Wednesday, 21 March 2012

Booze Tourism Part 3 - Canada

Popular Canadian souvenirs - maple syrup, mountie stuff, smoked salmon.



Being Canadian but living in the UK, my fiancĂ©e Brenda has to alternate her Christmases - spending one with me and my family, and the next back in Canada with hers, so this year it was time to go back to Canada, and I had promised to go with her. It wouldn’t be the first time I’d been to Canada, but it would be my first Canadian Christmas, and my first visit since becoming a booze tourist.

On my first visit I’d made sure to bring back a bottle of Wild Turkey, because I wanted to feel like Hunter S. Thompson (some say he drank Chivas Regal, but from reading his books, I remember a lot of Wild Turkey…), but as I said; I wasn’t a booze tourist then.

Canada is a good place to be a booze tourist. They have lots of different varieties of beer, and they are well situated geographically to take advantage of imports of bourbon and Tennessee whiskies from the USA as well as tequila from Mexico and rum from the Caribbean. I like all of those varieties of liquor, but they wouldn’t be on my shopping list this time. I had already decided that I’d be sourcing some Canadian whisky, and I made sure I was fully prepared with some pre-trip internet research.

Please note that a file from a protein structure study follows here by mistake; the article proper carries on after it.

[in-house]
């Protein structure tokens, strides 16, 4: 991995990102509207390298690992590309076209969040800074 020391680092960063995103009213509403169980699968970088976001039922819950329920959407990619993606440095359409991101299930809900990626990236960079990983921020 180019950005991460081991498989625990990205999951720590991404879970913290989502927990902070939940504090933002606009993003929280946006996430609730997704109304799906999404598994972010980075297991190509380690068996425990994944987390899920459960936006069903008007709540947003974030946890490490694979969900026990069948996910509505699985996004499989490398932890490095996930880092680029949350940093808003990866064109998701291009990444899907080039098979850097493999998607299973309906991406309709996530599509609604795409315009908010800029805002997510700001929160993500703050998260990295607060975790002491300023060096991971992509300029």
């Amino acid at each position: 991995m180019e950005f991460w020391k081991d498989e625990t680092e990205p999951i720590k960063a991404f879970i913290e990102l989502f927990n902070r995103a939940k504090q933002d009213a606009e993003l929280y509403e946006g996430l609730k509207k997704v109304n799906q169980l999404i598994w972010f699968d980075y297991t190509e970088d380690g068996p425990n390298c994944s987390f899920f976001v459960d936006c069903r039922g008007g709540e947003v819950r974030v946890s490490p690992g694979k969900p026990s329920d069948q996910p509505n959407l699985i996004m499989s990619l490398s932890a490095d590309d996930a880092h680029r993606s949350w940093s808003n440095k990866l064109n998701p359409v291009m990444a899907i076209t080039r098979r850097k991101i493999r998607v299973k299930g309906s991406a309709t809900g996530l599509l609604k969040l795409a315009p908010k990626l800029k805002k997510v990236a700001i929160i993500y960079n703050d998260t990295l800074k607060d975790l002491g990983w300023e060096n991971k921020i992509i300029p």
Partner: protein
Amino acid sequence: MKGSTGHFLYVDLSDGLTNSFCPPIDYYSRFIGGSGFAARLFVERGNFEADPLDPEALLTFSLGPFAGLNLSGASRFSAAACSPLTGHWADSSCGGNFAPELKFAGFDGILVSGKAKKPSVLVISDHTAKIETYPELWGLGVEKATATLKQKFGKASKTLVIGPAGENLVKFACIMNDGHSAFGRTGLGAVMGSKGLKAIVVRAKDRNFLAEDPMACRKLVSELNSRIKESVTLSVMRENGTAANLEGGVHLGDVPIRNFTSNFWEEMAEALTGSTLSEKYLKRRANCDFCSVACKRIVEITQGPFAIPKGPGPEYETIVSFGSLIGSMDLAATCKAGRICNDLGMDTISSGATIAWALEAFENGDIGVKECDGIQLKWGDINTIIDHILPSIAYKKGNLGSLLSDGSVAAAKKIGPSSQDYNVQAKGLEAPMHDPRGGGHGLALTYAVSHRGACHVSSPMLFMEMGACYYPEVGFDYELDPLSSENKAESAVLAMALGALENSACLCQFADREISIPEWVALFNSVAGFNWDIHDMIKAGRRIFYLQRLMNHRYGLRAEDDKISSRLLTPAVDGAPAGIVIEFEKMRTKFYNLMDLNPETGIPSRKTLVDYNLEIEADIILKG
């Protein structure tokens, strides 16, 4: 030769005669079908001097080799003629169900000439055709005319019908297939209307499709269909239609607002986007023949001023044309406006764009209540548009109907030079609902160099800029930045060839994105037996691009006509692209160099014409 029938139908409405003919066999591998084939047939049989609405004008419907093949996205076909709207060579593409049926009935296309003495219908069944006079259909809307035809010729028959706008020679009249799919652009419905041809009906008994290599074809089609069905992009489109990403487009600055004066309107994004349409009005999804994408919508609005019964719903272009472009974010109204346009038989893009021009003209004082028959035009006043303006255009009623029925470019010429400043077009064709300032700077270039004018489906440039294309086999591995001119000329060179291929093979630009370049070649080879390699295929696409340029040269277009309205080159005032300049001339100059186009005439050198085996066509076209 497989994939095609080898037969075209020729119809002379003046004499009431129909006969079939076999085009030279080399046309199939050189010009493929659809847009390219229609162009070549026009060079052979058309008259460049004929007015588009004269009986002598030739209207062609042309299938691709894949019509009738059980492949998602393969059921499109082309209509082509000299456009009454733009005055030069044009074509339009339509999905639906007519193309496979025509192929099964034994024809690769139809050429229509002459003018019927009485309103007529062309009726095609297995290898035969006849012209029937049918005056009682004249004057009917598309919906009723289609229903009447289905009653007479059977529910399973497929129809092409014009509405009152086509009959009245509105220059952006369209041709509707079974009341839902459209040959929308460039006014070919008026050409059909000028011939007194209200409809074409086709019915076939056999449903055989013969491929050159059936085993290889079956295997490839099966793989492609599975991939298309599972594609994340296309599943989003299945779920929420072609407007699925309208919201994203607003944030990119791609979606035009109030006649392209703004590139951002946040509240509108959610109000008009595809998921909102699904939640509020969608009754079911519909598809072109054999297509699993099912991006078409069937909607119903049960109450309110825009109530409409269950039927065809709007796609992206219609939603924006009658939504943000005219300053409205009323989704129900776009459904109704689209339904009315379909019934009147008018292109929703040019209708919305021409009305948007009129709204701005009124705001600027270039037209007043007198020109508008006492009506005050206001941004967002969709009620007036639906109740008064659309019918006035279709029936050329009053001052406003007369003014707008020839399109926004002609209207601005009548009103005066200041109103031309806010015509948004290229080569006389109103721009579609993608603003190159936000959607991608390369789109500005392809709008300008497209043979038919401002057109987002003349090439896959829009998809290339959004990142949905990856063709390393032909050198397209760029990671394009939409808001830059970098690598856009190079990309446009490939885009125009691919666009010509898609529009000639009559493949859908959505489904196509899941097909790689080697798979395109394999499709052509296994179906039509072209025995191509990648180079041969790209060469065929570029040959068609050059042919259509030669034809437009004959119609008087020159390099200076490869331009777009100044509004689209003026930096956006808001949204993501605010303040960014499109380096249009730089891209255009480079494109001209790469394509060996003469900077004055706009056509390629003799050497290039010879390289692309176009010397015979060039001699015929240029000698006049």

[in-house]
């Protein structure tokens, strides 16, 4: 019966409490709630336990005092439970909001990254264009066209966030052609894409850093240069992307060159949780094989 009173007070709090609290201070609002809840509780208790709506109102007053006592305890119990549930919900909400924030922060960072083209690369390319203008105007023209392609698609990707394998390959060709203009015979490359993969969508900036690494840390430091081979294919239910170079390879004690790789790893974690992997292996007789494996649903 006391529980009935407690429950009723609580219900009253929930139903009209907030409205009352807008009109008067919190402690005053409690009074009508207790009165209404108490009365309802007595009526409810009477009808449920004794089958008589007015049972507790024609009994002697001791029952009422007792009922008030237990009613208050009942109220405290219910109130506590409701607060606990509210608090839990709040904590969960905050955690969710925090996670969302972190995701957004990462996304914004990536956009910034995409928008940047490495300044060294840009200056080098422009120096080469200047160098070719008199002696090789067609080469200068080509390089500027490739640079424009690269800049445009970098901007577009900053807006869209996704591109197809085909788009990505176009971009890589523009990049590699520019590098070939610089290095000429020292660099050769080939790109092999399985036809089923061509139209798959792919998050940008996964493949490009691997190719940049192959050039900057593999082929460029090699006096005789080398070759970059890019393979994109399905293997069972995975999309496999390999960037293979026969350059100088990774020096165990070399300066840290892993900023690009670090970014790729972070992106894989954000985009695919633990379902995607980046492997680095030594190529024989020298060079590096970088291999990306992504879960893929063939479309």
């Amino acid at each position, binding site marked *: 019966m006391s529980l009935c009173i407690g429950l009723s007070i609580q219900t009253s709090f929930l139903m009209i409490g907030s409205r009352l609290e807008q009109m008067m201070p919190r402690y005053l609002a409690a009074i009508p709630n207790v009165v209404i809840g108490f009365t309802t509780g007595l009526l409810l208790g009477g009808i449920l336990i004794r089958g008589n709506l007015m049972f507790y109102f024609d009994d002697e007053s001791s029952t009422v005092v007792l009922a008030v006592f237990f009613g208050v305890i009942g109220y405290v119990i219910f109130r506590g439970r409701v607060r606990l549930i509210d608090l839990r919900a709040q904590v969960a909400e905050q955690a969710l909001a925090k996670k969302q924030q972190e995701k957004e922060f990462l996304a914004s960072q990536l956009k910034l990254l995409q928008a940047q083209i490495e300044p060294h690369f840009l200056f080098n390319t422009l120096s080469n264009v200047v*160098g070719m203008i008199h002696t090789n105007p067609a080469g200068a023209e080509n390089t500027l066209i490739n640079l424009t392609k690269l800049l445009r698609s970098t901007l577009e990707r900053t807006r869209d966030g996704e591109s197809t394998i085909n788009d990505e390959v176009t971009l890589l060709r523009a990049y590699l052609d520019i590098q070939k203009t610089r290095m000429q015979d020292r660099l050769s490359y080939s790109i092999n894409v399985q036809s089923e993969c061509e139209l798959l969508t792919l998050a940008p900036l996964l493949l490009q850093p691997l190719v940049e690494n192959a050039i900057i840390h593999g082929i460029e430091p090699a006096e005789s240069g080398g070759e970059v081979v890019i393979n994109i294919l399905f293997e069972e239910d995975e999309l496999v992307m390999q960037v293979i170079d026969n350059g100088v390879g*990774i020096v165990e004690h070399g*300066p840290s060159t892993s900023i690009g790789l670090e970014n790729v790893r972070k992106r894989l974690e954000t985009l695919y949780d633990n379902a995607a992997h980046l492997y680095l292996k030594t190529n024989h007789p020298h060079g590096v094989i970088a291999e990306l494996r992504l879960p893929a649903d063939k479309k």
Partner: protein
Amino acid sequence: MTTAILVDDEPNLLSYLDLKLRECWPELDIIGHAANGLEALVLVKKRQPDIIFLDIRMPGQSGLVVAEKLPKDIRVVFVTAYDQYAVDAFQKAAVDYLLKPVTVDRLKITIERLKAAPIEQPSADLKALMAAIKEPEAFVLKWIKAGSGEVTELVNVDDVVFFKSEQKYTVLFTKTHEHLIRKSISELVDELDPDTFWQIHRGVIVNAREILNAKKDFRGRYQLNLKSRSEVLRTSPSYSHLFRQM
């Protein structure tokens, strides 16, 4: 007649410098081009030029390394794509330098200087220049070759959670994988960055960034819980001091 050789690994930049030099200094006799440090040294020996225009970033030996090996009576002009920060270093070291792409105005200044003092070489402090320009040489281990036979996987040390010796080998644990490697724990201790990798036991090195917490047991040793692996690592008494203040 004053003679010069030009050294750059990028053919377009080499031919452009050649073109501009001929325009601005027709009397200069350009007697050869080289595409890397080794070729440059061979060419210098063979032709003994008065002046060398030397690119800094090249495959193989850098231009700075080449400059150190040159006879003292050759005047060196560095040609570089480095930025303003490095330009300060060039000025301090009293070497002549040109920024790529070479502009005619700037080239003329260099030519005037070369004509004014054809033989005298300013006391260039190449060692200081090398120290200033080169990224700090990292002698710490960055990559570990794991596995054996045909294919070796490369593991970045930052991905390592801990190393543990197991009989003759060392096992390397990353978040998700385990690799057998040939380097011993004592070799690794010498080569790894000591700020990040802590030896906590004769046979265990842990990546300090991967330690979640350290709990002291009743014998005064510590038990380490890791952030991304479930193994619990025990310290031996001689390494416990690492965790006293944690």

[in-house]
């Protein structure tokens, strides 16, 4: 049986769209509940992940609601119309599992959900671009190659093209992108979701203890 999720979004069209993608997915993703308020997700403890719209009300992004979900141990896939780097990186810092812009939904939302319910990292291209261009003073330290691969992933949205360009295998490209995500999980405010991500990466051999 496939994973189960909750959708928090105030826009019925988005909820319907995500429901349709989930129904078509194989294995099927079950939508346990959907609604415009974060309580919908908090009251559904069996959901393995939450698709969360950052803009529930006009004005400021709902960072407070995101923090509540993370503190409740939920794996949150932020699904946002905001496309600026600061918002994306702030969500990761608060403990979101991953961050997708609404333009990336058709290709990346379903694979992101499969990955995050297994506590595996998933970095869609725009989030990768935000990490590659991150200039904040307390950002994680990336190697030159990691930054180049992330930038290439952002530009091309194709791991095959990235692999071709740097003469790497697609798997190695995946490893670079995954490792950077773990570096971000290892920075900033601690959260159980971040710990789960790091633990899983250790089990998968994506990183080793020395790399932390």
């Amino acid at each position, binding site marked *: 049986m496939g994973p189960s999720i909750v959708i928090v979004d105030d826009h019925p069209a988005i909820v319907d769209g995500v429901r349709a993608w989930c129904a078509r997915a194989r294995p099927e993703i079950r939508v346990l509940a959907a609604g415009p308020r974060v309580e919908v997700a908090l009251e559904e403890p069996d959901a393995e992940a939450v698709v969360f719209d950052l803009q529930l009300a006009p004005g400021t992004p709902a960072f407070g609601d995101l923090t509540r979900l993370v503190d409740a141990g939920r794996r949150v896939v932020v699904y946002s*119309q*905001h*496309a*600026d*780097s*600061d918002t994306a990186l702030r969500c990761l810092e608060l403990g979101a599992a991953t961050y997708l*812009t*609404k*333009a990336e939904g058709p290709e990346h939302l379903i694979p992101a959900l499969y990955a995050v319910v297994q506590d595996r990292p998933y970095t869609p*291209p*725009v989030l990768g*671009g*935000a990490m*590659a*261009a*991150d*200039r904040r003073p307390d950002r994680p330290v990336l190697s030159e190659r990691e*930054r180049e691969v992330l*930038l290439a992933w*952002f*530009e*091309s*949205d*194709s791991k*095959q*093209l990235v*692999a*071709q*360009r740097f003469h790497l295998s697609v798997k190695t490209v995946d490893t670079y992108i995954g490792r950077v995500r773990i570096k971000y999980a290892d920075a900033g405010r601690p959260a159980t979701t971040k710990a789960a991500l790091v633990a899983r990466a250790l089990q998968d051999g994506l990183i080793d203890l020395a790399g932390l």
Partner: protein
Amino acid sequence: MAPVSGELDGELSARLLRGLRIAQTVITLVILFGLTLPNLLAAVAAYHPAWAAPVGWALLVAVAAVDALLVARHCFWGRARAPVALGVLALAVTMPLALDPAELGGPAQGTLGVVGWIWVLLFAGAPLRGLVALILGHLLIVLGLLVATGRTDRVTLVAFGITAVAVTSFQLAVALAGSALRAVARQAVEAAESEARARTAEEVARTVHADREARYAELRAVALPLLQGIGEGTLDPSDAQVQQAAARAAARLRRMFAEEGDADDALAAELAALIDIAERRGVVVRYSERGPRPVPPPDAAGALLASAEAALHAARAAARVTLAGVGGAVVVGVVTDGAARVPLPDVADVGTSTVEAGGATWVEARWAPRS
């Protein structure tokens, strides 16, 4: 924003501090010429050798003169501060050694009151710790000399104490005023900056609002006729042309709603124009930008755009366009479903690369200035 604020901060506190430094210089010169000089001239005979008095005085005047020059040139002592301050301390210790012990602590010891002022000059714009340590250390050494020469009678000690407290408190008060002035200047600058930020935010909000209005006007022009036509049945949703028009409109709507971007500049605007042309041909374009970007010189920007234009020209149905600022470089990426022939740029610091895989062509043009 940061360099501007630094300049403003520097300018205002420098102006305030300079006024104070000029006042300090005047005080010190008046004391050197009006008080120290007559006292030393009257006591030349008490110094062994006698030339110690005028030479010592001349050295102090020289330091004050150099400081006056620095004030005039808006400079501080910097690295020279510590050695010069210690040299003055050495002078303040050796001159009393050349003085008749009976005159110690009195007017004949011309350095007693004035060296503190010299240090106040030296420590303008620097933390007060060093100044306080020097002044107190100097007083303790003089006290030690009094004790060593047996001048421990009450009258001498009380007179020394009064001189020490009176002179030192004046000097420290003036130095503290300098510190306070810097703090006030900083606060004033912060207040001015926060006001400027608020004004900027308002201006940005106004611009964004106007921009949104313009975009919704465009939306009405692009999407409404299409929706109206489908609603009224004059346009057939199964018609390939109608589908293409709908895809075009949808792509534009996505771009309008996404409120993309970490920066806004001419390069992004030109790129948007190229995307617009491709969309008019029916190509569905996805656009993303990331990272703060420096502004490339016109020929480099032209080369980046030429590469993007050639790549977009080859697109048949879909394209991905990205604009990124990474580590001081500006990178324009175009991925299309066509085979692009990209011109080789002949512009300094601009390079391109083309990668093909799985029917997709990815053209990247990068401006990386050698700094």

I’d just like to namecheck a couple of websites here that I found useful. The first is http://www.canadianwhisky.org/. It focuses exclusively on Canadian Whisky and is filled with in depth reviews utilising a simple 5 star scoring system. The second is http://therumhowlerblog.wordpress.com/. This site contains tons of reviews of different kinds of gin, rum, vodka, tequila and of course whisky, as well as having a list of cocktails, and serving suggestions for each spirit reviewed. I have no idea how this guy has had enough time to try all these drinks, but it’s quite a collection, and I can only assume he doesn’t have a wife telling him that he drinks too much. He has a much more complicated rating system than canadianwhisky.org, but it certainly proved very useful for me.